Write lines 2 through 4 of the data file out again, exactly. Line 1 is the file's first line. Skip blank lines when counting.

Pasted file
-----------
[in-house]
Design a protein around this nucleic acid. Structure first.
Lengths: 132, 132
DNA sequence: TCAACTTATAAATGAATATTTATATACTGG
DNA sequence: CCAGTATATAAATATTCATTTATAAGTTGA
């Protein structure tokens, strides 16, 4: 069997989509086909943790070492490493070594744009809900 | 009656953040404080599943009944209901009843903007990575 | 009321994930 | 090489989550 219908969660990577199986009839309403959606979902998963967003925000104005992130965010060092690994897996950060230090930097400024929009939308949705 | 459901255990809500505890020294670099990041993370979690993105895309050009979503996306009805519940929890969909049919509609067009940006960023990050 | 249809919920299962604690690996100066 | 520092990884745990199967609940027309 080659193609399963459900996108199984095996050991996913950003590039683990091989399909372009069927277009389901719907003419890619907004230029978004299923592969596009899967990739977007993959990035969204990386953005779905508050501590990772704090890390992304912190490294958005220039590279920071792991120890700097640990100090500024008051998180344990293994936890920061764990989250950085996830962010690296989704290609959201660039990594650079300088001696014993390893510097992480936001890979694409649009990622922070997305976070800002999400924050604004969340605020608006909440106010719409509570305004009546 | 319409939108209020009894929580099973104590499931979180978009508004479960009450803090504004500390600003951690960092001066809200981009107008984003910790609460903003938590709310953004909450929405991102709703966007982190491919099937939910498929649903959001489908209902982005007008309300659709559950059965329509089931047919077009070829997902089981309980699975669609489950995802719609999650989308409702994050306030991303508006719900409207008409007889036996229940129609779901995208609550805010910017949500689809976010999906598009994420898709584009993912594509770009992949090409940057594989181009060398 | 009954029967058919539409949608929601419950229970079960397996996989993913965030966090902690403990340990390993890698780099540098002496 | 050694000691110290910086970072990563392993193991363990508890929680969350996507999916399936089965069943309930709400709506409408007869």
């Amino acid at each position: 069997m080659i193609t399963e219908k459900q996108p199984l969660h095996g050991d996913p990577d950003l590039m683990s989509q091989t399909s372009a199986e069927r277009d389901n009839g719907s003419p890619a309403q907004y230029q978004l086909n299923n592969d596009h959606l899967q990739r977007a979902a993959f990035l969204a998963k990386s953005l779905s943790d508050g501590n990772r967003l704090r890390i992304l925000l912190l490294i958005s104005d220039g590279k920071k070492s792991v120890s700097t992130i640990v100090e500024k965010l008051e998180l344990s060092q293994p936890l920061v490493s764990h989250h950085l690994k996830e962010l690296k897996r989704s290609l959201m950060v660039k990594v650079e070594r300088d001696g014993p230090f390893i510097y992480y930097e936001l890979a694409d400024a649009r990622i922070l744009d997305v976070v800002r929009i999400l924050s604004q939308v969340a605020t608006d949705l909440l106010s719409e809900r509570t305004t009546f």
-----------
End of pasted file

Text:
Design a protein around this nucleic acid. Structure first.
Lengths: 132, 132
DNA sequence: TCAACTTATAAATGAATATTTATATACTGG